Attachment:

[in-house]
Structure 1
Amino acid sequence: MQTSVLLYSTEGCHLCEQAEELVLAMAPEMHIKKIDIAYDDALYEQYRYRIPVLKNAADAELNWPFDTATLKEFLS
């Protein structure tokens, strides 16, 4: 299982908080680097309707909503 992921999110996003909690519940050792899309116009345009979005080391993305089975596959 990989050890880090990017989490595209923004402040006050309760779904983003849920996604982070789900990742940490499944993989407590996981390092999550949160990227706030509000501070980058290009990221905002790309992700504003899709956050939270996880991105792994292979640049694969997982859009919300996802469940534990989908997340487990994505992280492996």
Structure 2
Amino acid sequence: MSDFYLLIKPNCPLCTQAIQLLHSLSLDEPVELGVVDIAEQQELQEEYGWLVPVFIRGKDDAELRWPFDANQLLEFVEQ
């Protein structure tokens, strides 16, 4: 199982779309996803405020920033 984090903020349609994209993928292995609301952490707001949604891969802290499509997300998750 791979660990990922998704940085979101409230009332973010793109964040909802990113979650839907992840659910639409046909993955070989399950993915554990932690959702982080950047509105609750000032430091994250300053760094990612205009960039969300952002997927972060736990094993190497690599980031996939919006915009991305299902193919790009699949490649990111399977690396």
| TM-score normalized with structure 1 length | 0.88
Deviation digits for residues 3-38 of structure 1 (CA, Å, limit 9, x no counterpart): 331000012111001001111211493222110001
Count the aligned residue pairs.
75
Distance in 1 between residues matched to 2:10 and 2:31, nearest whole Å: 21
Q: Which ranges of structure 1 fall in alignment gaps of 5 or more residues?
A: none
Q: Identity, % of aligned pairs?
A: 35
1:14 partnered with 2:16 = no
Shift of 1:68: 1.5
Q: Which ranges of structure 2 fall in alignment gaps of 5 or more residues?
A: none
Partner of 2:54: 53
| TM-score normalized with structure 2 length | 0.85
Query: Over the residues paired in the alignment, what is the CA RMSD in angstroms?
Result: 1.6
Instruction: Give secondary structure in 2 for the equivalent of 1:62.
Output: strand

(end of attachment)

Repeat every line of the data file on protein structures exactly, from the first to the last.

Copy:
[in-house]
Structure 1
Amino acid sequence: MQTSVLLYSTEGCHLCEQAEELVLAMAPEMHIKKIDIAYDDALYEQYRYRIPVLKNAADAELNWPFDTATLKEFLS
């Protein structure tokens, strides 16, 4: 299982908080680097309707909503 992921999110996003909690519940050792899309116009345009979005080391993305089975596959 990989050890880090990017989490595209923004402040006050309760779904983003849920996604982070789900990742940490499944993989407590996981390092999550949160990227706030509000501070980058290009990221905002790309992700504003899709956050939270996880991105792994292979640049694969997982859009919300996802469940534990989908997340487990994505992280492996």
Structure 2
Amino acid sequence: MSDFYLLIKPNCPLCTQAIQLLHSLSLDEPVELGVVDIAEQQELQEEYGWLVPVFIRGKDDAELRWPFDANQLLEFVEQ
């Protein structure tokens, strides 16, 4: 199982779309996803405020920033 984090903020349609994209993928292995609301952490707001949604891969802290499509997300998750 791979660990990922998704940085979101409230009332973010793109964040909802990113979650839907992840659910639409046909993955070989399950993915554990932690959702982080950047509105609750000032430091994250300053760094990612205009960039969300952002997927972060736990094993190497690599980031996939919006915009991305299902193919790009699949490649990111399977690396």
| TM-score normalized with structure 1 length | 0.88
Deviation digits for residues 3-38 of structure 1 (CA, Å, limit 9, x no counterpart): 331000012111001001111211493222110001
Count the aligned residue pairs.
75
Distance in 1 between residues matched to 2:10 and 2:31, nearest whole Å: 21
Q: Which ranges of structure 1 fall in alignment gaps of 5 or more residues?
A: none
Q: Identity, % of aligned pairs?
A: 35
1:14 partnered with 2:16 = no
Shift of 1:68: 1.5
Q: Which ranges of structure 2 fall in alignment gaps of 5 or more residues?
A: none
Partner of 2:54: 53
| TM-score normalized with structure 2 length | 0.85
Query: Over the residues paired in the alignment, what is the CA RMSD in angstroms?
Result: 1.6
Instruction: Give secondary structure in 2 for the equivalent of 1:62.
Output: strand